Saturated fat has been demonized by our health authorities and media. What is the basis for this position on Saturated fat? Are current recommendations for VERY low saturated fat intake justified? How much saturated fat (and what types), if any should one eat? Without a historical and scientific perspective this questions can be nearly impossible to answer. In this paper Prof. Cordain looks at the amounts and types of saturated fats found in the ancestral diet: Saturated fat consumption in ancestral human diets: implications for contemporary intakes.
One of the greatest deviations away from our ancestral diet is the amounts and types of fat found in modern grain feed animals vs. the amounts and types of fats found in grass fed or wild meat, fowl and fish. What we observe is wild meat is remarkably lean, and has relatively low amounts of saturated fats, while supplying significant amounts of beneficial omega-3 fats such as EPA and DHA. In this paper Prof. Cordain and his team analyze the complete fatty acid profile from several species of wild deer and elk. The take home message is that free range meat is far healthier than conventional meat: Fatty acid analysis of wild ruminant tissues: Evolutionary implications for reducing diet-related chronic disease.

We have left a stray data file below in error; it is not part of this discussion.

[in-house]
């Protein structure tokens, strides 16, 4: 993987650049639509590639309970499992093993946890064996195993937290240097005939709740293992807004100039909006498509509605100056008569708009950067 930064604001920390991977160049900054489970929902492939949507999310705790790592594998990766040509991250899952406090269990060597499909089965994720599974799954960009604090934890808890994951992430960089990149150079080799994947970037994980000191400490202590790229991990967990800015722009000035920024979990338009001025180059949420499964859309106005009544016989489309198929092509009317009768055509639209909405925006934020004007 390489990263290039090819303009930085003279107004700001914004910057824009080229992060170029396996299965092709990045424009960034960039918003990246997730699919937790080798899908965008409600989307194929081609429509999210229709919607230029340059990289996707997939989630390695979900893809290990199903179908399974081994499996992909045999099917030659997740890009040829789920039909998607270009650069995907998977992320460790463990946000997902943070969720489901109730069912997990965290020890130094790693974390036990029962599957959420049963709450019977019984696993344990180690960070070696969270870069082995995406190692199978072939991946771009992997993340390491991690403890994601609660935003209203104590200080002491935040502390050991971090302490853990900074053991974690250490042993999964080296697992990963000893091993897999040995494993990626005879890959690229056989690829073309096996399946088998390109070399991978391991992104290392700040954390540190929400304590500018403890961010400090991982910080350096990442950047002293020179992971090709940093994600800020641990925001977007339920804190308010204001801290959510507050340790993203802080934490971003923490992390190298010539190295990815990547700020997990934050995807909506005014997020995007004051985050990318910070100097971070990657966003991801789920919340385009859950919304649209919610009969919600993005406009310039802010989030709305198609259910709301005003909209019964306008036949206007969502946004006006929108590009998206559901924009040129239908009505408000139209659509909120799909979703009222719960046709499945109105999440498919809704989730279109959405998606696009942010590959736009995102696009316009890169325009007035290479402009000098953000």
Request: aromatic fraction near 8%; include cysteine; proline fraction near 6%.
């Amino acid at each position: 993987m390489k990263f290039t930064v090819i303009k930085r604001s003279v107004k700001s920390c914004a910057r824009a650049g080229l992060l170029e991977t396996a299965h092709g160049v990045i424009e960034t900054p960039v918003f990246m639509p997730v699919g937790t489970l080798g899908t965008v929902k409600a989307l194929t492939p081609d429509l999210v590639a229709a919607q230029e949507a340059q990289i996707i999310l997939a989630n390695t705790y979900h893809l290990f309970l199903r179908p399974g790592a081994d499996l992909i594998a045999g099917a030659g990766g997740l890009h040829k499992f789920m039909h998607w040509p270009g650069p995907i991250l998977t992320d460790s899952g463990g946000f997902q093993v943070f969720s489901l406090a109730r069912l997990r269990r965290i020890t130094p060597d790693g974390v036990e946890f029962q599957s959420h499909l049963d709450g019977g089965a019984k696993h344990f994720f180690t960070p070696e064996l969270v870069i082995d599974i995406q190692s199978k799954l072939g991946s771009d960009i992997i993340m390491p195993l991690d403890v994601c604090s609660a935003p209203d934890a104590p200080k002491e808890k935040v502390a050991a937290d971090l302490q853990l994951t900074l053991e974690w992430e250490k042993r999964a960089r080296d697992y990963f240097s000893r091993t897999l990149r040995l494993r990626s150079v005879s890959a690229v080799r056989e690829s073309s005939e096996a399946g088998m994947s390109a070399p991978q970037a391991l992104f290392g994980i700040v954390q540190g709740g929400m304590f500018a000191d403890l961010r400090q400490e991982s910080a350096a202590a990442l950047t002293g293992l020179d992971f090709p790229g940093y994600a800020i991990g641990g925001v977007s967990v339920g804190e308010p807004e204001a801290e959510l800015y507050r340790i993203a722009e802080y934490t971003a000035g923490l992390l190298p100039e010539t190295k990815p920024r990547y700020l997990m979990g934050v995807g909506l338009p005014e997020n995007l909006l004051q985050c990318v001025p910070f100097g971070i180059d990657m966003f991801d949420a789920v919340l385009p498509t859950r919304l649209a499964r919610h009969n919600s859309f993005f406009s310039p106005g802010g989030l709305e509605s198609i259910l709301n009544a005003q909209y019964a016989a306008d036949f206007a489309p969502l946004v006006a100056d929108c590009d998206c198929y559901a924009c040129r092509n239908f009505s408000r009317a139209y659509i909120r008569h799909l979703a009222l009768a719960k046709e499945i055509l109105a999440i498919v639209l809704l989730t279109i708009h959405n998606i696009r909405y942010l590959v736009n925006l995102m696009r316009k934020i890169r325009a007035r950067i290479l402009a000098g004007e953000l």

Which foods do you avoid?
All Grains, Pasteurized dairy, Soy, Legumes, Refined Sugar, and Alcohol
Why do you avoid healthy, whole grains?
Contrary to popular belief, whole grains are not so healthy to human beings. We simply have not adapted to be able to digest grains. Grains contain toxic anti-nutrients, lectins, gluten, and phytates, and we as human beings are not wired to be able to properly digest these anti-nutrients. To quote Mark Sisson:
“Lectins are bad. They bind to insulin receptors, attack the stomach lining of insects, bind to human intestinal lining, and they seemingly cause leptin resistance. And leptin resistance predicts a “worsening of the features of the metabolic syndrome independently of obesity”. Fun stuff, huh?